For those with a business idea and the drive to make it happen, Green Worker Cooperatives is offering a free, five-month course for fledgling entrepreneurs who are willing to form a cooperative, a company that is jointly owned by its workers. At the organization’s Co-op Academy in Hunts Point, participants learn how to transform their business idea into reality.
South Bronx native Omar Freilla founded the organization as a worker’s co-operative in 2003, and later began operating it as a building supply company that used salvaged and recycled materials. In 2011, he extended the business to focus on helping to create more worker co-operatives.
“We want to see a coop on every block – maybe two,” said Freilla.
Over five years, the Co-op Academy has helped form approximately 20 new cooperatives, creating approximately 50 to 60 jobs. Between 80 to 90 percent of their participants are people of color, most with other day jobs, at least to start.
Through the use of a unique set of business development tools designed by Freilla, participants are walked through the process of developing an idea, helping them to see what works. They’re taught how to establish their revenue model, how to price their product and how to conduct market research. They’re instructed on internal matters as well, from financial planning to tax preparation to internal management.
“The challenge and beauty of going through the academy is that every business will deal with the limits and possibilities of their idea,” said Ileia Burgos, the program’s outreach coordinator.
Instructors connect participants to free legal services to help them file their incorporation documents and help them get a tax ID number. They also help the co-ops receive low-cost financial services through The Working World, a microcredit loan fund that lends only to cooperatives.
“The business pays it back only after they start making a profit,” said Burgos.
For low-income individuals, self-employment can be a risk. But cooperative businesses are jointly-owned by their workers, which includes spreading responsibilities among the group.
“In a typical corporation, you have one person seeking investors, assuming all the risk. In this, everyone shares the risk,” said Burgos.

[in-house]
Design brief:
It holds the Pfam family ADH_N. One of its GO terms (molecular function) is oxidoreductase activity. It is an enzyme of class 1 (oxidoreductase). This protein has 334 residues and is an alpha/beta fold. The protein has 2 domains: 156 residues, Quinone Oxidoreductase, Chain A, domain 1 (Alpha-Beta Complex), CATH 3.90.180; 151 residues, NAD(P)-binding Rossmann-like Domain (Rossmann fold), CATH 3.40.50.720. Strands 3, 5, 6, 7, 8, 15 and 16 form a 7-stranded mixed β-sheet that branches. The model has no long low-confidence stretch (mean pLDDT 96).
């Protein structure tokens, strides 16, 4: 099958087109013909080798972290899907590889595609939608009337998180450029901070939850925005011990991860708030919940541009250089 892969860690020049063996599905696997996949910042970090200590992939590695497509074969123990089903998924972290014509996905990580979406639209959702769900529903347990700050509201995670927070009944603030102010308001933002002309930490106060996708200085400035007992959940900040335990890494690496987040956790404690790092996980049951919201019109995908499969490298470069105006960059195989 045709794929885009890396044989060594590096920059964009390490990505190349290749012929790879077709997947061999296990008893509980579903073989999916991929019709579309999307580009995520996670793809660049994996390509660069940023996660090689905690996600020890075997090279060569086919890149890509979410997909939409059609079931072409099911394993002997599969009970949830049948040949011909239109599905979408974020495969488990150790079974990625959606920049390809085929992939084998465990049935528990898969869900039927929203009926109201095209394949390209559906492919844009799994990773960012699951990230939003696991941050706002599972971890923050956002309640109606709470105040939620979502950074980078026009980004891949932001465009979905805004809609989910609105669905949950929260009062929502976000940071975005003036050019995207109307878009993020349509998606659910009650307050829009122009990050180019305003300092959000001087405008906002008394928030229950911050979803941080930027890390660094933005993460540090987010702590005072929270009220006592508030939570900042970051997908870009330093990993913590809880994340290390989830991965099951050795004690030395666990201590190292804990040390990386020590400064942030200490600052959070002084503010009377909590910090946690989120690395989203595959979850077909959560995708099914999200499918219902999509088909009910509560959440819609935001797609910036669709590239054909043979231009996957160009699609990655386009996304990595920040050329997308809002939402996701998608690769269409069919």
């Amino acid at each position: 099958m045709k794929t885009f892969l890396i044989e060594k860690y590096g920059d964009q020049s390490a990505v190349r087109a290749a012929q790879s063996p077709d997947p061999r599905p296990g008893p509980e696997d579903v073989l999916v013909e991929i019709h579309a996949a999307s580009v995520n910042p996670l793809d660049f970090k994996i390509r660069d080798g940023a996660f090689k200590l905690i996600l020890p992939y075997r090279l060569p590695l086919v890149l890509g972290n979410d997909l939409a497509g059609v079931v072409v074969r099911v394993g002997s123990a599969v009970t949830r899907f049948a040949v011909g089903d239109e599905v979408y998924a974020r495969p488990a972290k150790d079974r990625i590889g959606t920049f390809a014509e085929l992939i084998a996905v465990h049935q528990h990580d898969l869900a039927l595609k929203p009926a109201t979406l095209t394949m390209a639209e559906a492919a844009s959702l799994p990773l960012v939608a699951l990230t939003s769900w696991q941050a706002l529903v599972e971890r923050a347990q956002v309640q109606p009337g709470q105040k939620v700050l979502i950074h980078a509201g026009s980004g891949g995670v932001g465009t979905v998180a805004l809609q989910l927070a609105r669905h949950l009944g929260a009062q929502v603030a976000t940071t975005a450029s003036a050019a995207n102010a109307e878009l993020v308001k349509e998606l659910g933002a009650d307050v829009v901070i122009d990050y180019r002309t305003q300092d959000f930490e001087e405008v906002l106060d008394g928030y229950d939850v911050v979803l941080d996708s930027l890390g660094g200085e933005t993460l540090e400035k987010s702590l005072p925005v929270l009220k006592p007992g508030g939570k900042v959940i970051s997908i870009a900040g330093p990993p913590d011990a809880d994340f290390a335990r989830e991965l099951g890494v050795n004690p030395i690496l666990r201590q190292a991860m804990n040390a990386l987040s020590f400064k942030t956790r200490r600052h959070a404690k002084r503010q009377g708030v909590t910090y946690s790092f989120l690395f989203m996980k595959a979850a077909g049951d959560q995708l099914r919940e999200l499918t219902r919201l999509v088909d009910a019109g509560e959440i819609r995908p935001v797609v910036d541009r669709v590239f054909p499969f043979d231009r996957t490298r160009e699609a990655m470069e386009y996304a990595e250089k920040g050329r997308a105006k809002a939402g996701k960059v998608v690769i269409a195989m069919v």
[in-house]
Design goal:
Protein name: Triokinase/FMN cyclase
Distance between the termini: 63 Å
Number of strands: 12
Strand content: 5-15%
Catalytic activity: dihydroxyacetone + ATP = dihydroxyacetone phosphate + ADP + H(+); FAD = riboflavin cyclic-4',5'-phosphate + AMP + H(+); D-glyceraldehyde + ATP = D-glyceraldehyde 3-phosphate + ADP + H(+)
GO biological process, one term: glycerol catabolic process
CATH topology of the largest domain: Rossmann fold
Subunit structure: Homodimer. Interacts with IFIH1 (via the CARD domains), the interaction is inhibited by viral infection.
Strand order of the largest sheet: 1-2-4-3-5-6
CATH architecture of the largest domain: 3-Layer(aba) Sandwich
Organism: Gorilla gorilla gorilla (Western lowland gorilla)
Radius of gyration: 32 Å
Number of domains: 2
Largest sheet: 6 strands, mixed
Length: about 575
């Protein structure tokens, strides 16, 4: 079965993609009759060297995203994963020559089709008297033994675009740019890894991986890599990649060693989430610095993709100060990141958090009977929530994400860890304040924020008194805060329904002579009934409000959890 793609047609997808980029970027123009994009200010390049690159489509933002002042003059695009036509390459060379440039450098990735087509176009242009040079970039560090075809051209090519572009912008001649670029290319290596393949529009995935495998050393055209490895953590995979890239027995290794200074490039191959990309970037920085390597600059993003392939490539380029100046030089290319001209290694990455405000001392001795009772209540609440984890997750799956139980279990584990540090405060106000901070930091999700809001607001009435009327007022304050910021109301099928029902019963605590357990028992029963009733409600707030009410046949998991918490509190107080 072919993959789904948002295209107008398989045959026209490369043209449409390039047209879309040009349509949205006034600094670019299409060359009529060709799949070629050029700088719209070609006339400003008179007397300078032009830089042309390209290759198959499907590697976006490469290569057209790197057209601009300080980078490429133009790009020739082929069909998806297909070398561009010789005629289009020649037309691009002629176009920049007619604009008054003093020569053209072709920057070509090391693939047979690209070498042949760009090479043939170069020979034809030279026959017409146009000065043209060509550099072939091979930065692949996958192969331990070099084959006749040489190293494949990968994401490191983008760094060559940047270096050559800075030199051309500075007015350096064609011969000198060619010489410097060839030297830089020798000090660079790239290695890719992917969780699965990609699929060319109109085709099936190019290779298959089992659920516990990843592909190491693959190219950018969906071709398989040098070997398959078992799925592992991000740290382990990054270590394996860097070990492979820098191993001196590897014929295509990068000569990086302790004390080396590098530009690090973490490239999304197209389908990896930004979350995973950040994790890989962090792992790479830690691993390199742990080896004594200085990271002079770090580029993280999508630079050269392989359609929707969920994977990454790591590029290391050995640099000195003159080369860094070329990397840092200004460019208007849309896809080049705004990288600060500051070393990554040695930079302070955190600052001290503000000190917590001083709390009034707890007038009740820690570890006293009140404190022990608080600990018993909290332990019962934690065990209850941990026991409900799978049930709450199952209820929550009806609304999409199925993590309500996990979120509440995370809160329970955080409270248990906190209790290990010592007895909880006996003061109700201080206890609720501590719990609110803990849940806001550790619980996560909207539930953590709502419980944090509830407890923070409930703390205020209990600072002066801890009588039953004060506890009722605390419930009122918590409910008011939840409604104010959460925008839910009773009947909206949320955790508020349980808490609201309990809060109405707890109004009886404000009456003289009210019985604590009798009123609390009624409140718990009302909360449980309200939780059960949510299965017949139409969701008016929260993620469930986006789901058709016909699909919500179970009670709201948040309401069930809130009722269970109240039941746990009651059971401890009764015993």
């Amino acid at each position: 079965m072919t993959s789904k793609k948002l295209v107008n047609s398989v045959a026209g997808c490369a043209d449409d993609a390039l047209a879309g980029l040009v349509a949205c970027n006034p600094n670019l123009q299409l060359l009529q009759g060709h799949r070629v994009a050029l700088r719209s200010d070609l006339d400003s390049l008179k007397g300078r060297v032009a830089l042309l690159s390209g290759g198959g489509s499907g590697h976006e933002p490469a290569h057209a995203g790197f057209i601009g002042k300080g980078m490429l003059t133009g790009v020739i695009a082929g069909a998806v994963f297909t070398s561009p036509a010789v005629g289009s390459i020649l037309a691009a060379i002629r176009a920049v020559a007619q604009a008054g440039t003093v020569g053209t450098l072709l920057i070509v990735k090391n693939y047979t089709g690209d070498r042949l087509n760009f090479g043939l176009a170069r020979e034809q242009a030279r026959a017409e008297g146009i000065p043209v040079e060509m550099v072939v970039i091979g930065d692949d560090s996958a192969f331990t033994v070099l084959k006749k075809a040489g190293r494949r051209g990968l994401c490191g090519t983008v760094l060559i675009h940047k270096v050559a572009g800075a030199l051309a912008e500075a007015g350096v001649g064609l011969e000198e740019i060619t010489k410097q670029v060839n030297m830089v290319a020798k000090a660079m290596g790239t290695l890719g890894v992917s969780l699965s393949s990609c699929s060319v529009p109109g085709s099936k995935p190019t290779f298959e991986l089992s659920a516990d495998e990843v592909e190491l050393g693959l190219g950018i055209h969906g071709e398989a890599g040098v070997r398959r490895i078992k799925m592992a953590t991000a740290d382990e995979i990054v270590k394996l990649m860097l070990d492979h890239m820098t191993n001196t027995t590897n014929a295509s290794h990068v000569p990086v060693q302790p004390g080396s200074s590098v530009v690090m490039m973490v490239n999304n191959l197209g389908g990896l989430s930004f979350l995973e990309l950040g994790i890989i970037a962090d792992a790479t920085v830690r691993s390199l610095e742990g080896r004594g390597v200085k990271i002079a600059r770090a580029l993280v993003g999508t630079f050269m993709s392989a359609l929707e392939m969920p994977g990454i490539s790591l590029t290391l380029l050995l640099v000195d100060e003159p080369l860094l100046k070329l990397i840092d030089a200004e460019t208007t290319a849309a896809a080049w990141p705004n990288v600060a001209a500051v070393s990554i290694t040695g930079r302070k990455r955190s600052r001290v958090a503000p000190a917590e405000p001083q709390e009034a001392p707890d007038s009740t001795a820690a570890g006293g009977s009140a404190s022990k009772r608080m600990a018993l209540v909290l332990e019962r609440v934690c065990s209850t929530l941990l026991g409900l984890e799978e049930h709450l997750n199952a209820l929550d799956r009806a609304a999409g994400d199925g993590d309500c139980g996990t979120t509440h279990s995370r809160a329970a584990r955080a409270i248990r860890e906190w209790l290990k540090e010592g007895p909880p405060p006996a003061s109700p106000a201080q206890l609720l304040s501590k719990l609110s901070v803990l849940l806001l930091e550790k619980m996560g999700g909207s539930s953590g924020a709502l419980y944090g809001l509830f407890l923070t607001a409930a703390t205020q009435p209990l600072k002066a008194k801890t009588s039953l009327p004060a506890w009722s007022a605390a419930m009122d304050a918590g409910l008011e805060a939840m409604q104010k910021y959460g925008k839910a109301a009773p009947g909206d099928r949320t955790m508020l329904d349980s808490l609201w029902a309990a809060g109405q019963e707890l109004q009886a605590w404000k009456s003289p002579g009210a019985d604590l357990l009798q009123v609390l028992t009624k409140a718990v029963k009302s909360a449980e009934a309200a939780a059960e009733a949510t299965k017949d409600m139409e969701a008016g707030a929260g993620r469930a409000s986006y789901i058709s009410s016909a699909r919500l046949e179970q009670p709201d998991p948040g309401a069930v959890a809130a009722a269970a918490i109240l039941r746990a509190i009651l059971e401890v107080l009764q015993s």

The Co-op Academy is organized around a concept of economic equality called the Rochdale Principles. First established in 1844 in England, the principles include open membership (worker-owned), salary equity among members, democratic processes for decision making, education and training for members, and concern for the surrounding community. Freilla describes this sense of social responsibility as part of the architecture of a cooperative.
“It leads to businesses taking pride in the communities they’re in because the decision makers live there,” he said.
It’s a model that works for Guadalupe Perez, founder of Ometeotl, a design cooperative that employs survivors of domestic abuse. Ometeotl creates jewelry and art pieces from recyclable materials and uses hypo-allergenic inputs like glue made of a flour base. Graduates of the spring 2016 session, Ometeotl has already earned revenue through selling their pieces to the Bronx Museum and Eileen Fisher, a women’s fashion designer with stores in Midtown Manhattan and SoHo.
Once a shelter resident, Perez is now a spirited businesswoman living with her son and daughter in her own place in the Norwood section of the Bronx. She’s never without a sketch notebook. “You never know when inspiration will come,” said Perez.
Freilla expects the number of operating coops to grow. Their first class had about 12 participants. Last session’s class had nearly 40. Burgos said that she’s also noticed increased enthusiasm in participants of more recent classes.
“People come in after long days of working, taking care of their kids, whatever it is and they still have a lot of energy,” said Burgos.
According to Alan Rinaldo, a member of Ometeotl, participants will need it. “Homework. There’s a lot of homework,” he said. “You have presentations every week. There’s a lot to research.”
Registration for the fall session continues until June 30. Weekly classes are held on Mondays from 6 to 9 p.m. at Green Worker Cooperative’s offices in the Banknote building on Lafayette Avenue. Child care and translation services (Spanish to English) are provided free of charge through Caracol Interpreters Cooperative, the oldest of Co-op Academy’s businesses.
To be accepted in the course, participants must be part of a group of two or more with an idea for a business. Those interested can learn more at Green Worker Cooperatives’ website at www.greenworker.coop/coopacademy.